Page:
Imbolc

By Imbolc

1 February

One of the oldest Irish festivals, records of Imbolc date from 10th Century Irish literature. It was a celebration of the coming Spring and tied to the Goddess Brigid. Later Christianisation of the festival linked it to Saint Brigid of Kildare, a Christian adaptation of the Celtic Goddess created possibly as an act of cultural appropriation.

The origins of the Imbolc festival tradition are in weather divination, which occurred around this time in Ireland, Scotland, Wales, England, and throughout Northern Europe, where a localised festival would centre on a wild animal such as a hedgehog, snake, or badger. If the creature left its home, Spring was near, however if it did not then Winter was not over yet. A similar tradition exists in Punxsutawney and other parts of the USA, following a Pennsylvania Dutch superstition brought over in the settlement of the Americas from Europe, and is known as Groundhog Day. Gaelic particulars to Imbolc included songs and incantations, along with the pounding of the peat, where a lump of peat was gathered in a stocking and then beaten at a doorstep to represent the overcoming of Winter. Celebrations then turned to fires throughout the evening, either at home or with community. Wood would be freshly gathered, recalling Brigid’s own custom of gathering firewood on this day to see her through to Spring. Burning of wood represented purification, as did lighting candles, and was reflecting in the warming of the sun throughout the day. It was also customary to clean the home ready for Spring.

Thig an nathair as an toll
Là donn Brìde,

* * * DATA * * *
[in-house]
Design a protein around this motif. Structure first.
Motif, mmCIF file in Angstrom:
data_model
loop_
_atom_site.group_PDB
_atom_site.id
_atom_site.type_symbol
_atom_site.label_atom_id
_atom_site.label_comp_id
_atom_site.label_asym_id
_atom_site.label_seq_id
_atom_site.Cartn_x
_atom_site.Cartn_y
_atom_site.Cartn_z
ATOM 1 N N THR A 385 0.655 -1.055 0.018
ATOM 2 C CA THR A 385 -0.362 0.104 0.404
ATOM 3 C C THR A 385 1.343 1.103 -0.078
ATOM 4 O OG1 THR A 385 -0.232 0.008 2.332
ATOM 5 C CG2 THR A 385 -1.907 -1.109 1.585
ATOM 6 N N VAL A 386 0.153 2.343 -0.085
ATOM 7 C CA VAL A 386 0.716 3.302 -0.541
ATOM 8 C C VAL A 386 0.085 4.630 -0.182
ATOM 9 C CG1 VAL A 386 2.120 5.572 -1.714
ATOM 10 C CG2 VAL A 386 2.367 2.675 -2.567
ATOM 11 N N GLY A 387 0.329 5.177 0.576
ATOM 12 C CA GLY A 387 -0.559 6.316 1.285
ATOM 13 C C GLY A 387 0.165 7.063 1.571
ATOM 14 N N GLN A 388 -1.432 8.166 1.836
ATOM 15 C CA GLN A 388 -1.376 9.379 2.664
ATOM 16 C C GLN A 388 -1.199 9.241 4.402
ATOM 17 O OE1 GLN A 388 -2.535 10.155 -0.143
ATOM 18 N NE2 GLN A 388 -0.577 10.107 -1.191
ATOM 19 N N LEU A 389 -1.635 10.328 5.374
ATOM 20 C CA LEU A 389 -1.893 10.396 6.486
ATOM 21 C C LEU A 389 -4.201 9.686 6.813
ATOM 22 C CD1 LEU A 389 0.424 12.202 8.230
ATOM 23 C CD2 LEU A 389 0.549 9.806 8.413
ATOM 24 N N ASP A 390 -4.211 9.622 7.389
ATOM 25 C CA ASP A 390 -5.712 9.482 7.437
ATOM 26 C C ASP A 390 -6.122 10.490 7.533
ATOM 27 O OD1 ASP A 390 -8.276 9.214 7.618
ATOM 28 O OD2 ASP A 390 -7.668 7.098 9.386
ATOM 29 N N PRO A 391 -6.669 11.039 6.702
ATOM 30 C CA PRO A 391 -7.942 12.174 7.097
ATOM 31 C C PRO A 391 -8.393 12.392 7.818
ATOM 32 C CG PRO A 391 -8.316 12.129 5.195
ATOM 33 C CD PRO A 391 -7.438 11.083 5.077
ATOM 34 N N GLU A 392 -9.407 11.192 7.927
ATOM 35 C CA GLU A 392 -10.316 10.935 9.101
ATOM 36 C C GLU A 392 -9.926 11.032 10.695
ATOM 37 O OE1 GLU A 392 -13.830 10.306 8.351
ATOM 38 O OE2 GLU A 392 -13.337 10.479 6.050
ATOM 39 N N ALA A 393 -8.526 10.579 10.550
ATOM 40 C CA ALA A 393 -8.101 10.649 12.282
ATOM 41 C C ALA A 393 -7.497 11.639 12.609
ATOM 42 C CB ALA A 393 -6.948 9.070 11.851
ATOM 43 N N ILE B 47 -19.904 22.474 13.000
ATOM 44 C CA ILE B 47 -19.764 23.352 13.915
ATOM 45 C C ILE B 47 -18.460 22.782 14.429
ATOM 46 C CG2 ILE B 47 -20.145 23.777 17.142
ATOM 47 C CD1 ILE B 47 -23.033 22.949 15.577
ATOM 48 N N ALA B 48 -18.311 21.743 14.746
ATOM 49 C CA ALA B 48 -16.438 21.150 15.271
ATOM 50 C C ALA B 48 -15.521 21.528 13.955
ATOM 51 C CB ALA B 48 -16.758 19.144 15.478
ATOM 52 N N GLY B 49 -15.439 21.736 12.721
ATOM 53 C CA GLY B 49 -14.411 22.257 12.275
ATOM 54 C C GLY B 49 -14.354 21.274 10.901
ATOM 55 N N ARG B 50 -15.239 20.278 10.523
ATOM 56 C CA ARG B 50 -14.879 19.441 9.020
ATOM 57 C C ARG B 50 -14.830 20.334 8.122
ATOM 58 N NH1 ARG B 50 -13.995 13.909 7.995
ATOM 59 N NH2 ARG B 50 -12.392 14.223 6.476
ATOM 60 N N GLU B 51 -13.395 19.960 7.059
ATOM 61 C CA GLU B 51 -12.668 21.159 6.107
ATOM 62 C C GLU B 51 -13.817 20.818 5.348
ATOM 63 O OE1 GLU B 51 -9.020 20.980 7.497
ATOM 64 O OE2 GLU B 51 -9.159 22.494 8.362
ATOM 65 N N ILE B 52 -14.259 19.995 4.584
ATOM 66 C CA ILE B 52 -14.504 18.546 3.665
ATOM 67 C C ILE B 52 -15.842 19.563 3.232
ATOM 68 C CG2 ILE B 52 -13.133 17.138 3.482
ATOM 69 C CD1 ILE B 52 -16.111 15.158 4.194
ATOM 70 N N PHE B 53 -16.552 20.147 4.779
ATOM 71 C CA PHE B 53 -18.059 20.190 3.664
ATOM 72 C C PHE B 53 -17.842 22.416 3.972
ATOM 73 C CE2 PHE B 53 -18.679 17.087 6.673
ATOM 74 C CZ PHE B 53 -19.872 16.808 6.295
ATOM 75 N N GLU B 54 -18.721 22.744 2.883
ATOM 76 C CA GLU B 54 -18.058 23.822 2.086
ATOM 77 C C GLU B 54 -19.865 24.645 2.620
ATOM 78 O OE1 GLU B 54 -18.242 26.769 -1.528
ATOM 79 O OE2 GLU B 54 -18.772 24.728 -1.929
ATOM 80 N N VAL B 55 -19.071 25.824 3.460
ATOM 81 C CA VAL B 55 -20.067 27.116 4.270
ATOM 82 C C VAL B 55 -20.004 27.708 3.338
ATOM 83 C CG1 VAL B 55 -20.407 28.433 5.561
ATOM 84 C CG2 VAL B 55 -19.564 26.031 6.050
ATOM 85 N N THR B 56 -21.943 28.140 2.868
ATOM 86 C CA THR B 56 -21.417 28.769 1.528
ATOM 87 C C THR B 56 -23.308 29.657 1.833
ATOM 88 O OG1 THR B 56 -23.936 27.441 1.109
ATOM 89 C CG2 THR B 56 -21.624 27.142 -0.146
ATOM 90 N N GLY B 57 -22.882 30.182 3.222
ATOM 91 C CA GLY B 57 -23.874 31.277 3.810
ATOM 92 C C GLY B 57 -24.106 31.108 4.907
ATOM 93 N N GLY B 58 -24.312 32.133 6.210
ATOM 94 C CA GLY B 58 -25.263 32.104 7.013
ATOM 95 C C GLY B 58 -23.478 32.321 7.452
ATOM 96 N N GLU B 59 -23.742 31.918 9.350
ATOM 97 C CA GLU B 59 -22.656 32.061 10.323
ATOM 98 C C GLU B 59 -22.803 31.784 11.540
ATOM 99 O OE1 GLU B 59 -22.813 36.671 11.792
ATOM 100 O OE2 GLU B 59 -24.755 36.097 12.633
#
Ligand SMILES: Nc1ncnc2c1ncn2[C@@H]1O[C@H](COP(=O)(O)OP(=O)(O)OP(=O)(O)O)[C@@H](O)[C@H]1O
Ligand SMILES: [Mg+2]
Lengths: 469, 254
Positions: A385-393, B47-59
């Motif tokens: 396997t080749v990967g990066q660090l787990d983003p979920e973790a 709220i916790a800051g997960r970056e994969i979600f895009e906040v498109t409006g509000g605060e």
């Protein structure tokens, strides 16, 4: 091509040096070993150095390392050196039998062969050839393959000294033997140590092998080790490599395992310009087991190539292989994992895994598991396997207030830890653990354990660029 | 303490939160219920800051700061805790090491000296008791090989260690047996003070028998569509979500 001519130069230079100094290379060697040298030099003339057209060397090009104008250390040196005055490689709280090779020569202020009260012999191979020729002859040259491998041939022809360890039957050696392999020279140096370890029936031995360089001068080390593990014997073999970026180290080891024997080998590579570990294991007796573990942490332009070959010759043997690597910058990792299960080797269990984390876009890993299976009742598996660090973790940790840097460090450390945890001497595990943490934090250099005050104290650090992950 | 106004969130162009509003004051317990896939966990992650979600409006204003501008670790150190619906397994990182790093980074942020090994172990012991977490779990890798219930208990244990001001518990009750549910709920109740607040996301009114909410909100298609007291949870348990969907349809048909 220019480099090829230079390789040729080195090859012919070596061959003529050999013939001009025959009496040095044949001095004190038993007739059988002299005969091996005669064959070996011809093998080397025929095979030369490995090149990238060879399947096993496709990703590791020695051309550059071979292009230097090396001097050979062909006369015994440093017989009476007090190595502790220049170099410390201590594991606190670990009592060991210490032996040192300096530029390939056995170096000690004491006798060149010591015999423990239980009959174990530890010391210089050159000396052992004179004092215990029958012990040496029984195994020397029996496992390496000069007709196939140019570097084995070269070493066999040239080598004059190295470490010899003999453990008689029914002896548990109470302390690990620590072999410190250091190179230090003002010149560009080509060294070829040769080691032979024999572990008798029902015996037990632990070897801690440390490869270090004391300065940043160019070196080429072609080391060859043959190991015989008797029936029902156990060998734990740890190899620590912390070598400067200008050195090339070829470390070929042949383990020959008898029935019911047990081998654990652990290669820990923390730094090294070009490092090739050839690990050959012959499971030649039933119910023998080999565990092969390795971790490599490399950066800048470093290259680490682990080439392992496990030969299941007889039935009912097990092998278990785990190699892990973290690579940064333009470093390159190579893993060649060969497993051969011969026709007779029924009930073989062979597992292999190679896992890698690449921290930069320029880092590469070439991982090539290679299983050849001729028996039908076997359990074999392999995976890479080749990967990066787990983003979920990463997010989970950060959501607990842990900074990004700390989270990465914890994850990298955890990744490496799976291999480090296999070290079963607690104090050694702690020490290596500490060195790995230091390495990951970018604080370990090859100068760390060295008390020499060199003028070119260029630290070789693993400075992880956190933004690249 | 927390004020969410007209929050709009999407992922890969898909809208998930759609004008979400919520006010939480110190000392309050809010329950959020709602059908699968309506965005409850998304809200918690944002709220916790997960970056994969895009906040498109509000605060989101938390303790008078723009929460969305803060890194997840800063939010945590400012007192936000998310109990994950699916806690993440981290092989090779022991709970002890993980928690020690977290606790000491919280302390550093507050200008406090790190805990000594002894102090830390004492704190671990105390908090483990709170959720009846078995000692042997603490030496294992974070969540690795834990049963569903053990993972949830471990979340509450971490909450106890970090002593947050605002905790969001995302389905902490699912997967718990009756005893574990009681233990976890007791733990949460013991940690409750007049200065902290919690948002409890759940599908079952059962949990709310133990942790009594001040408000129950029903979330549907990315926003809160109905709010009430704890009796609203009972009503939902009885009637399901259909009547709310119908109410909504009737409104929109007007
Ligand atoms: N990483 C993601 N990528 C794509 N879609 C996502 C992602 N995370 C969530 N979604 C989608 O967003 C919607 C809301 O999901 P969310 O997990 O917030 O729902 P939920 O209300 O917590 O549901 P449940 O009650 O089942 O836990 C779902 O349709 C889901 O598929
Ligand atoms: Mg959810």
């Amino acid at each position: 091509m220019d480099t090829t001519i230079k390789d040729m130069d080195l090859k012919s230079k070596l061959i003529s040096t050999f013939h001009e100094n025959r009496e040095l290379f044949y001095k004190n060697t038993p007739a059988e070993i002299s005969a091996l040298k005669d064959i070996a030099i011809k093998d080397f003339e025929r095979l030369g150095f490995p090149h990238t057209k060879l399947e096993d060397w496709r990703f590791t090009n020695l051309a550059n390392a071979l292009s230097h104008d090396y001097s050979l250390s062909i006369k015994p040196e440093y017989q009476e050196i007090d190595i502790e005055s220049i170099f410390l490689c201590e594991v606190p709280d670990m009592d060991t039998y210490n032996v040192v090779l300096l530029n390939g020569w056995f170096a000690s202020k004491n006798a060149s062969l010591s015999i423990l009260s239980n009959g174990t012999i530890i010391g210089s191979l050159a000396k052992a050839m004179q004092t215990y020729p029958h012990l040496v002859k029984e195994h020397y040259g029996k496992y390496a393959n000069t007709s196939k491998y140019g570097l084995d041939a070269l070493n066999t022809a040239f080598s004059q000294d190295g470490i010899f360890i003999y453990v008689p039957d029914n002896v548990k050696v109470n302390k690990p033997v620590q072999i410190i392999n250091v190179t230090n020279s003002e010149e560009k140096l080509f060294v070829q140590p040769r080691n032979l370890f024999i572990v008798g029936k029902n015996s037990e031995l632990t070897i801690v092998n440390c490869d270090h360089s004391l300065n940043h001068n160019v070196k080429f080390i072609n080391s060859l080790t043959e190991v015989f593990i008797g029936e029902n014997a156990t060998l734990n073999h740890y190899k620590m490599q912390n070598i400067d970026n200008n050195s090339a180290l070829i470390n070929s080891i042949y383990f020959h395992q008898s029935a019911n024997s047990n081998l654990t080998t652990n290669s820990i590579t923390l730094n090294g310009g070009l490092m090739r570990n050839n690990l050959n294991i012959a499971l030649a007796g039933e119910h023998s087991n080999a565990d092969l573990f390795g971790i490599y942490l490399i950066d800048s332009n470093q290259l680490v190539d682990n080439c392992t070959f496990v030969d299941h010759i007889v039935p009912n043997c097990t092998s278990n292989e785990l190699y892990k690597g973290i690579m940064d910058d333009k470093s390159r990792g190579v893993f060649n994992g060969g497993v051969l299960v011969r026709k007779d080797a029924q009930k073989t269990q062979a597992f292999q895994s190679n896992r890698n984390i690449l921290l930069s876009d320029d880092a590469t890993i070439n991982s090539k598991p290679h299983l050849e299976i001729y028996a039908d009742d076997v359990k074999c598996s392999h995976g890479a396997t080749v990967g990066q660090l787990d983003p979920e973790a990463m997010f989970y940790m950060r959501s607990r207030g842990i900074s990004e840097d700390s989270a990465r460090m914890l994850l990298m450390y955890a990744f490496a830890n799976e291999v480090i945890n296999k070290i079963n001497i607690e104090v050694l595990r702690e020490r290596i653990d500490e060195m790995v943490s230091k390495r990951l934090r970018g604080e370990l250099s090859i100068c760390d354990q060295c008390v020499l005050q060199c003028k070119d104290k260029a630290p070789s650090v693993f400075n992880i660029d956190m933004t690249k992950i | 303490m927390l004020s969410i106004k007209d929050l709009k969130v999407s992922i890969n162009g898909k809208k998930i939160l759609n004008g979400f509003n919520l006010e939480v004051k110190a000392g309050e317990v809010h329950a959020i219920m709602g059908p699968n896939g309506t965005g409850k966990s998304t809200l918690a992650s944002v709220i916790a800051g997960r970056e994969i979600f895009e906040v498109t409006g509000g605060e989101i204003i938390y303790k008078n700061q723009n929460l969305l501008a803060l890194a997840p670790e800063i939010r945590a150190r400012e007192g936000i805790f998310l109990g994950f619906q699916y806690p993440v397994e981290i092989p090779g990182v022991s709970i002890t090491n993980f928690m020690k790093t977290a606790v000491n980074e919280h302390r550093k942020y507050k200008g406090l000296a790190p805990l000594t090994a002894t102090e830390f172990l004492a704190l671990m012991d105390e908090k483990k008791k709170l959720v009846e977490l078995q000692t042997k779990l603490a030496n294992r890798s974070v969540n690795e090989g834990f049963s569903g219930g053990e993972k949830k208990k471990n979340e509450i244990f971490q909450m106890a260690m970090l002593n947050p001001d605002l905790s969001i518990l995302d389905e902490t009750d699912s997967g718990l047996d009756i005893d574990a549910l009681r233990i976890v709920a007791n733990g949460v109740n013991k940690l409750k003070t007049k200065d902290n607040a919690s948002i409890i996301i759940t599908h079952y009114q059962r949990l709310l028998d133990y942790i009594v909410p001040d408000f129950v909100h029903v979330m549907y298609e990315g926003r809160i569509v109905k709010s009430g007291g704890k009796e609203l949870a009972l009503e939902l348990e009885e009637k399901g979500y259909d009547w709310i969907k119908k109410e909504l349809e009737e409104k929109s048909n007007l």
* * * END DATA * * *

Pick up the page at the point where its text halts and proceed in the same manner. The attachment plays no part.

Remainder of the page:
Ged robh trì troighean dhen t-sneachd
Air leac an làir.

Alexander Carmichael, Carmina Gadelica: Hymns and Incantations

The eventual Christianisation of Imbolc meant the Goddess Brigid was transformed into Saint Brigid, an early Irish Christian nun. The original concept of Brigid was a fertility goddess who would visit homes in the evening, blessing the inhabitants. Locals would make four-point crosses, known as Brigid’s cross, and hang them over their doors. The effigy of Brigid called a ‘Biddy’ would be paraded through the town, carried by young girls, with a star marked upon its chest. It would be brought door to door to bless the homes that bore crosses. Men would dress in straw hats and masks, and general merrymaking would be had. Then, at dinner, tradition held a place was set for Brigid, with a chair left empty for her, which sometimes contained her effigy. Before the meal, the inhabitants would open the door holding rushes, straw, leaves, or grass, and invite Brigid inside with a wave. Some would circle the home three times. The dry plants would then be used to make a carpet or bed for Brigid to lay upon that night. When the inhabitants retired to bed they would rake the fire ashes smooth and lay out cloth for Brigid to bless, and if in the morning they found signs in the ash of her visiting they would keep the cloth as a healing blessing.

Imbolc is still celebrated as the Feast of Saint Brigid, however through neopaganism and Wicca a new version of the festival has emerged to celebrate the power of women. The concept of a Spring clean has remained in British custom and is still acknowledged during this part of the year.

Da Loria Norman, The Passing of St. Brighid
Da Loria Norman, The Passing of St. Brighid, Public Domain
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